Simon Katich, born on August 21, 1975, is an Australian cricketer and captain of the New South Wales Blues. Currently plying his trade in domestic cricket around the world, Katich was shunted from the Australian team in unfortunate circumstances. Jaideep Vaidya goes through the career of the reliable left-handed batsman.
Simon Katich isn’t a classy and elegant left-handed batsman in the league of a Brian Lara or Graeme Pollock; neither is he an attacking bulldozer in the club of Matthew Hayden or Sanath Jayasuriya. You could say he mixes the two forms in his batting, and just about manages to emerge with the right formula to score enough runs for his team. He likes to shuffle across the wicket and use his feet while playing shots, but still is not as blatant doing it as a Shivnarine Chanderpaul.
Going through his international career so far, which includes 4,188 runs in 56 Tests at 45.03 and 10 centuries, and a One-Day International (ODI) record that is just 45 matches old, you cannot classify him even close to the aforementioned batsmen. But Katich still manages to do enough to be considered a vital component of the team’s machinery, at least domestically where he boasts of more than 20,000 First-Class runs in 264 matches, including 57 tons. Unfortunately for him, and more so for the Australian cricket team, his talent wasn’t tapped enough in the latter half of his career.
Katich made his debut for Western Australia during the 1996-97 season after graduating from the AIS Australian Cricket Academy as a scholarship holder. The following season, he scored 1,039 runs that helped Western Australia win the Sheffield Shield. Katich was then selected to tour Sri Lanka and Zimbabwe with the Australian team the following season but suffered from chicken pox and other illnesses that cut short his tour. However, he recovered to contribute further for his state and had a phenomenal First-Class season in 2000-01. He scored 1,282 runs for Western Australia, before making the cross-country switch to New South Wales (NSW), where he was appointed captain.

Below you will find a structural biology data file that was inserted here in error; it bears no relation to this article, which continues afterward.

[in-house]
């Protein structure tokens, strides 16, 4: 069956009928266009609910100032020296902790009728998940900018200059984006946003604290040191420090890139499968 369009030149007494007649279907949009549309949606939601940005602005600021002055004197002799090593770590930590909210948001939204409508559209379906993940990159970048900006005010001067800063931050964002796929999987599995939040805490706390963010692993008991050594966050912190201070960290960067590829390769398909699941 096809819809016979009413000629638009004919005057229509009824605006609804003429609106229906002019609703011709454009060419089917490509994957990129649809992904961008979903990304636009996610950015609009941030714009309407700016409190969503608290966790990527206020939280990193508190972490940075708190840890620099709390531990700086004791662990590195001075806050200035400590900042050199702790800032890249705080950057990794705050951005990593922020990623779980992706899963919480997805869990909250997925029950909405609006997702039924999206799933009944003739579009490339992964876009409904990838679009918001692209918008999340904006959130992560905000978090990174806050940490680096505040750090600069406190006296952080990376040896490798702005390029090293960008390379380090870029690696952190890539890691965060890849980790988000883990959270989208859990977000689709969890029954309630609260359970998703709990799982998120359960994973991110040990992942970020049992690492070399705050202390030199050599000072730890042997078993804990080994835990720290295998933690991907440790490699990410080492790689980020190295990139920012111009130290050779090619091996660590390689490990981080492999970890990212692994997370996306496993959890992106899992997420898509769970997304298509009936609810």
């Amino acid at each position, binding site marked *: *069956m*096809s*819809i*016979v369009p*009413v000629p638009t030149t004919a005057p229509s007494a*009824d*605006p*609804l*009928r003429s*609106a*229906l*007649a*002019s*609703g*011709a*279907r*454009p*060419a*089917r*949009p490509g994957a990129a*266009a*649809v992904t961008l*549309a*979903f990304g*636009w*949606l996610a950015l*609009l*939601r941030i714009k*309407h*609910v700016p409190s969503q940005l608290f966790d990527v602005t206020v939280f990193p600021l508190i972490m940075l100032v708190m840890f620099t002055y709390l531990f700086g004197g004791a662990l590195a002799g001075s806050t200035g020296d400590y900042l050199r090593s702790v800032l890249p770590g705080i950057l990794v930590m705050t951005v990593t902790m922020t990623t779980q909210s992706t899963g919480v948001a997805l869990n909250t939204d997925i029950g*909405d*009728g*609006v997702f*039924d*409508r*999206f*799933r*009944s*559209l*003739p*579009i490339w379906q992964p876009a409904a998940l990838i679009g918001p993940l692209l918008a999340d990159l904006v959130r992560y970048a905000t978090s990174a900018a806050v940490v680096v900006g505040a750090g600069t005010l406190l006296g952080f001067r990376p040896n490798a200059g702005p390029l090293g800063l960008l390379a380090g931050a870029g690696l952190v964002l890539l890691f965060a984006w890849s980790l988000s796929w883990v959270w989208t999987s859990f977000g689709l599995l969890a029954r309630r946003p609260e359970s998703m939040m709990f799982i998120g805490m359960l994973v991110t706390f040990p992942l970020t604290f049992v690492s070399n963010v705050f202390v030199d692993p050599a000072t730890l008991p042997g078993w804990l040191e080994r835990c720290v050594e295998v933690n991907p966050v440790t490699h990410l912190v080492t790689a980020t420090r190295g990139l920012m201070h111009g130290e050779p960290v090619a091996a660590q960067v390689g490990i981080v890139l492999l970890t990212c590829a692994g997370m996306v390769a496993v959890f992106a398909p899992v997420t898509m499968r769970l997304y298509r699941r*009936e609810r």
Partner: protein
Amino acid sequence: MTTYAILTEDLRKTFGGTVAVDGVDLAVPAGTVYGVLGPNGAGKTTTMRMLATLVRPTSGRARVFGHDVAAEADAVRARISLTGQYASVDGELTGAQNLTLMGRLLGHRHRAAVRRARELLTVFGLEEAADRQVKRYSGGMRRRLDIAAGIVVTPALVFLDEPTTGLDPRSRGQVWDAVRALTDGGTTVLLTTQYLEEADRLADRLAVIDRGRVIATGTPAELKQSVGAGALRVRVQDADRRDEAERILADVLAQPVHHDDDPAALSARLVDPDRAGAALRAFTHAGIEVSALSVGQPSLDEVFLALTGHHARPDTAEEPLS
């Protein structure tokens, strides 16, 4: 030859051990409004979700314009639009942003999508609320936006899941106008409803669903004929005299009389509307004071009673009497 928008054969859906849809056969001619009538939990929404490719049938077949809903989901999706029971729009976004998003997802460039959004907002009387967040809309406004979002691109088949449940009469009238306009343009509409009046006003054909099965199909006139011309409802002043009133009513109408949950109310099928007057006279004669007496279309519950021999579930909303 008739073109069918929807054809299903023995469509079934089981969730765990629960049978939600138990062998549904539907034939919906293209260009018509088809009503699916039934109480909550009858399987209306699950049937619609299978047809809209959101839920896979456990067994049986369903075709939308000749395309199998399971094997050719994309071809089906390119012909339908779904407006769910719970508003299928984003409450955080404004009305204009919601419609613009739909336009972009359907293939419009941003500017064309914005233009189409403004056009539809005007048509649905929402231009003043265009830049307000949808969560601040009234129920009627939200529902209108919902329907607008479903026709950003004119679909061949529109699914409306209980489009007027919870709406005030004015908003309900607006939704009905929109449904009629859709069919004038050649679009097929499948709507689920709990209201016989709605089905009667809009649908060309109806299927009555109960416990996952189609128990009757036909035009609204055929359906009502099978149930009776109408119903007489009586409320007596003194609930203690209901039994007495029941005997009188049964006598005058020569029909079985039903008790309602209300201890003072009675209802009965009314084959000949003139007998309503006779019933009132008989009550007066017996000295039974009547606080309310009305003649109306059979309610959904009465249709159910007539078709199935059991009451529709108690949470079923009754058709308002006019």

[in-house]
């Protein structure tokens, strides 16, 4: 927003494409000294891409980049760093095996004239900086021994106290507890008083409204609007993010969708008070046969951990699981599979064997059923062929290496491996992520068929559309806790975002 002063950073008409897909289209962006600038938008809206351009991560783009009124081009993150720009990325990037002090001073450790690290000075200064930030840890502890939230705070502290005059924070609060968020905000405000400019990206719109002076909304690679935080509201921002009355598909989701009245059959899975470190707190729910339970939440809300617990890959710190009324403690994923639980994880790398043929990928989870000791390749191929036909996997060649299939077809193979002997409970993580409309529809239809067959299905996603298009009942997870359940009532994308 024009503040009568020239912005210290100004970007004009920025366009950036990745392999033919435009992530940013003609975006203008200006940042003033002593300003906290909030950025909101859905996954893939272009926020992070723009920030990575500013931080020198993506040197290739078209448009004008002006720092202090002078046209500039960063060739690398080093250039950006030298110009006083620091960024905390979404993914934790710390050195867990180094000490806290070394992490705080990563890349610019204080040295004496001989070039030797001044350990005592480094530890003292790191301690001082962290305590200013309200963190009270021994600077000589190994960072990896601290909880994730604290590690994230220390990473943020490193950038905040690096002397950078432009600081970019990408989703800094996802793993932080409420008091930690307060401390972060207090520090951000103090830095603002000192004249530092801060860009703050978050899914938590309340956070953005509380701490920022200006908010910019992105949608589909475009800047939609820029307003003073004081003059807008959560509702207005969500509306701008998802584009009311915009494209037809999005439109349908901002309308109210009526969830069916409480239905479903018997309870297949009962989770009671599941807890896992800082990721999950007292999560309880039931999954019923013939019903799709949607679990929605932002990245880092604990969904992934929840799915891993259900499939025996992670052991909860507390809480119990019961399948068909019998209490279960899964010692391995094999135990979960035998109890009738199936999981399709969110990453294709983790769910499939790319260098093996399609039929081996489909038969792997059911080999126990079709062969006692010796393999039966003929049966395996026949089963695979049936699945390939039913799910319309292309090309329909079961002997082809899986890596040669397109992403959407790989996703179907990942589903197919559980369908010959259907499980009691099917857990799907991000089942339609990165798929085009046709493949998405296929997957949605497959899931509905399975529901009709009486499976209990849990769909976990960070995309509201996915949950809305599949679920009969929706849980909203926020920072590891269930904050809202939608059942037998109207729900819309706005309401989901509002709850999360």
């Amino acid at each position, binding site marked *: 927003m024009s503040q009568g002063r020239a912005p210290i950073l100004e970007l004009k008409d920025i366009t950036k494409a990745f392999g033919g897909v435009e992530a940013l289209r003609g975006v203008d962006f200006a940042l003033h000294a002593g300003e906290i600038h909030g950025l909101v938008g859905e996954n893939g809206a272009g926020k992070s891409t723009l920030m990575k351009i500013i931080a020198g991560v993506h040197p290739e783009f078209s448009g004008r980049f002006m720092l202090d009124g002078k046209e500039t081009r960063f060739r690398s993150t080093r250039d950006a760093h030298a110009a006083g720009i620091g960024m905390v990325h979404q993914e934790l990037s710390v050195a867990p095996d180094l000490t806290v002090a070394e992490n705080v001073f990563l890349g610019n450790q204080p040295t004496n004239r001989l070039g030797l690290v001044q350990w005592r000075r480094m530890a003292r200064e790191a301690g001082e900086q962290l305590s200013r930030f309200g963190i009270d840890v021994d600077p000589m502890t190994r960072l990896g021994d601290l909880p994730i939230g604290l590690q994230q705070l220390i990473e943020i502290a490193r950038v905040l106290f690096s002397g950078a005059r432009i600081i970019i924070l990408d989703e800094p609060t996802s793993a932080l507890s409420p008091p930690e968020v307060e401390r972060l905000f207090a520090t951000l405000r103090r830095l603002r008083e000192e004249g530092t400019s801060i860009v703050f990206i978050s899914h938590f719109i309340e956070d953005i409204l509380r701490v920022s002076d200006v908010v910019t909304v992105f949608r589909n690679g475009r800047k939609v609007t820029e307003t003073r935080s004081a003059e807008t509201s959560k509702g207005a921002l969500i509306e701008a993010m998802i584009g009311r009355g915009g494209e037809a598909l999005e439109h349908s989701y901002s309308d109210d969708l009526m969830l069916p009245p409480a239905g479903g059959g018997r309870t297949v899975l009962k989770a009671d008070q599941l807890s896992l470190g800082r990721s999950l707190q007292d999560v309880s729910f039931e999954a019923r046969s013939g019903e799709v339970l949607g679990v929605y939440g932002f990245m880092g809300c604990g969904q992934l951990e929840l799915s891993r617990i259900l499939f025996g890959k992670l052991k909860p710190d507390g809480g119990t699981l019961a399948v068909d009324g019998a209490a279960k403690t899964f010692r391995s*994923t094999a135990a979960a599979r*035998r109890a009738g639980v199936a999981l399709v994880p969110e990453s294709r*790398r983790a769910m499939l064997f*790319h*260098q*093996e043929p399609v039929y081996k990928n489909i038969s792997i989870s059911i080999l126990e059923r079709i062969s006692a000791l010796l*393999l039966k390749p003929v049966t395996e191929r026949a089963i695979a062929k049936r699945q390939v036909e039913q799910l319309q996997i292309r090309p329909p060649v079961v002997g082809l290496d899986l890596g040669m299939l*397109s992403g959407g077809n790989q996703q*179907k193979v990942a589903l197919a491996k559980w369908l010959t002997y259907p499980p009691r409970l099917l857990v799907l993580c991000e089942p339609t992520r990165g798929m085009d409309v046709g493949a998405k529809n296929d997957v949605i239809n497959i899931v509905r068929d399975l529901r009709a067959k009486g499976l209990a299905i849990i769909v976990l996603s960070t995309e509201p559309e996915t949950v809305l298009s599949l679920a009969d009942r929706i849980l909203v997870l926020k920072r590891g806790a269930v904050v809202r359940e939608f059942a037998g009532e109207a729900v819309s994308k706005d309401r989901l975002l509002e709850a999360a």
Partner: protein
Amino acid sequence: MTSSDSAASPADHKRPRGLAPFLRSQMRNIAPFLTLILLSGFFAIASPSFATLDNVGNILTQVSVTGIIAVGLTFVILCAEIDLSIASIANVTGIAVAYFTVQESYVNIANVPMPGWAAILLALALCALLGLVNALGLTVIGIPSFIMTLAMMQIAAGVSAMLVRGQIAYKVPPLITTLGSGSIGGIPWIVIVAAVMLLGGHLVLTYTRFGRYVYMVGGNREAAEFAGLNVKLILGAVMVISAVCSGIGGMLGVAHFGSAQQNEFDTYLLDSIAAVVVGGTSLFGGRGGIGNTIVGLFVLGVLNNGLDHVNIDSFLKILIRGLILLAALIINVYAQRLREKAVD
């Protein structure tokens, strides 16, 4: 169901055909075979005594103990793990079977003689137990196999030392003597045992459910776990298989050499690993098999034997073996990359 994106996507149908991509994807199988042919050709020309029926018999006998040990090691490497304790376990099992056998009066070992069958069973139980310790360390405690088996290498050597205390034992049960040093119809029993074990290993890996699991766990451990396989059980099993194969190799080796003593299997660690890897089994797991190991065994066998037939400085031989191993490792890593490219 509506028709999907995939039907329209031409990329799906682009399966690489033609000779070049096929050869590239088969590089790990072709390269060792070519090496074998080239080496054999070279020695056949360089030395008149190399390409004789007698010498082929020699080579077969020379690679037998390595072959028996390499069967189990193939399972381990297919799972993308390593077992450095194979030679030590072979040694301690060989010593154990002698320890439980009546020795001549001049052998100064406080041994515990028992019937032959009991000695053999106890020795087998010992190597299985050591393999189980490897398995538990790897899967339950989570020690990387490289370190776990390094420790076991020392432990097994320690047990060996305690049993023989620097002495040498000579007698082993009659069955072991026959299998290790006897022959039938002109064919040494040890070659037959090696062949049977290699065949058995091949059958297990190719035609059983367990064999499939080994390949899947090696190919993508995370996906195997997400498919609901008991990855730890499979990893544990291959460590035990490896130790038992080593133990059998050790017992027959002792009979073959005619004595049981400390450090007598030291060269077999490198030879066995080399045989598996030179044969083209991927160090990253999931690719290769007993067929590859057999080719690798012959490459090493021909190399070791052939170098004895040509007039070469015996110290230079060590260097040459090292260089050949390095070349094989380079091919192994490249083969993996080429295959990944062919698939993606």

Katich made his Test debut in the 2001 Ashes in the first Test at Headingley, which Australia lost. Coming in to bat at No 6, he could score just 15 before being bowled by Darren Gough, who went on to take a five-for. In the second innings, Katich could not get any runs on the board before his team declared their innings on 176 for four, but lost the match by six wickets. He was, unluckily and unfortunately, dropped from the team thereafter, but did well for NSW in the domestic circuit.
Katich’s second shot at Test cricket came almost two years after his first match — against Zimbabwe at the SCG, where he surprised one and all not with the bat, but with the ball. He scored 52 in the first innings before coming on to wreck Zimbabwe’s innings with bowling figures of six for 65. However, he did not have to wait long before scoring his first Test century. In the Australian summer of 2003-04, when India came touring, Katich rescued his team in the fourth and final Test after Sachin Tendulkar’s double century and VVS Laxman’s 178 had taken the tourists to a mammoth 705. In reply, Australia could only manage 474, but even that was majorly due to Katich’s gritty 125 off 166 balls under pressure. The way he used his feet against the spinners, Anil Kumble and Murali Kartik, was exceptional and it truly brought out his best qualities as a batsman, someone who is willing to take the attack to the bowler. In the second innings, Katich held the Australian middle-order together and remained unbeaten on 77 to secure a draw in what was his captain Steve Waugh’s last Test.
During Australia’s return tour of India later that year, Katich narrowly missed out on his second Test century by a solitary run, falling leg-before to left-arm spinner Kartik for 99 in Nagpur, in a match that Australia won by 342 runs. However, Katich had a poor Ashes outing in 2005 where he averaged less than 28 in nine innings. Later that year, he flopped again against the West Indies and was dropped from the Test squad for the next two-and-a-half years.